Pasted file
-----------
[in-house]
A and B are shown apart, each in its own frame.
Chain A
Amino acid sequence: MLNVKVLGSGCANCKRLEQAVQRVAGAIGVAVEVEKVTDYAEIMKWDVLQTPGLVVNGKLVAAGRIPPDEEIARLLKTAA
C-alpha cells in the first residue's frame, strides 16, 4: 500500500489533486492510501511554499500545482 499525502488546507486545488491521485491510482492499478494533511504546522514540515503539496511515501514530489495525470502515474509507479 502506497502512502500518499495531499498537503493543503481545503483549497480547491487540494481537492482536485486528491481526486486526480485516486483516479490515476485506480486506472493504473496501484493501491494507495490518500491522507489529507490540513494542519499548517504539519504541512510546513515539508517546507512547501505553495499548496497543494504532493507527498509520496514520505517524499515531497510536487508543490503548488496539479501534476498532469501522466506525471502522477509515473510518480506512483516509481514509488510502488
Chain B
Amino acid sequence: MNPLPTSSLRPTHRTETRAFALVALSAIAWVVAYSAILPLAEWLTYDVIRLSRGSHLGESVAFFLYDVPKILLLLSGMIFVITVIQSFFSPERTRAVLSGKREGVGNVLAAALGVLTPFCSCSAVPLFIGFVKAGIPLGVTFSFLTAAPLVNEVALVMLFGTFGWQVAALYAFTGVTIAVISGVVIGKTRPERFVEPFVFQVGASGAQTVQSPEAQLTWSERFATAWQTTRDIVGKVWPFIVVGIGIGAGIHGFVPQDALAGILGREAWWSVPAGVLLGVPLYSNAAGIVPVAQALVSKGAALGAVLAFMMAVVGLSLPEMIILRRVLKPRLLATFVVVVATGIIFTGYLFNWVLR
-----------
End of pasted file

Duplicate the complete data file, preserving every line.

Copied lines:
[in-house]
A and B are shown apart, each in its own frame.
Chain A
Amino acid sequence: MLNVKVLGSGCANCKRLEQAVQRVAGAIGVAVEVEKVTDYAEIMKWDVLQTPGLVVNGKLVAAGRIPPDEEIARLLKTAA
C-alpha cells in the first residue's frame, strides 16, 4: 500500500489533486492510501511554499500545482 499525502488546507486545488491521485491510482492499478494533511504546522514540515503539496511515501514530489495525470502515474509507479 502506497502512502500518499495531499498537503493543503481545503483549497480547491487540494481537492482536485486528491481526486486526480485516486483516479490515476485506480486506472493504473496501484493501491494507495490518500491522507489529507490540513494542519499548517504539519504541512510546513515539508517546507512547501505553495499548496497543494504532493507527498509520496514520505517524499515531497510536487508543490503548488496539479501534476498532469501522466506525471502522477509515473510518480506512483516509481514509488510502488
Chain B
Amino acid sequence: MNPLPTSSLRPTHRTETRAFALVALSAIAWVVAYSAILPLAEWLTYDVIRLSRGSHLGESVAFFLYDVPKILLLLSGMIFVITVIQSFFSPERTRAVLSGKREGVGNVLAAALGVLTPFCSCSAVPLFIGFVKAGIPLGVTFSFLTAAPLVNEVALVMLFGTFGWQVAALYAFTGVTIAVISGVVIGKTRPERFVEPFVFQVGASGAQTVQSPEAQLTWSERFATAWQTTRDIVGKVWPFIVVGIGIGAGIHGFVPQDALAGILGREAWWSVPAGVLLGVPLYSNAAGIVPVAQALVSKGAALGAVLAFMMAVVGLSLPEMIILRRVLKPRLLATFVVVVATGIIFTGYLFNWVLR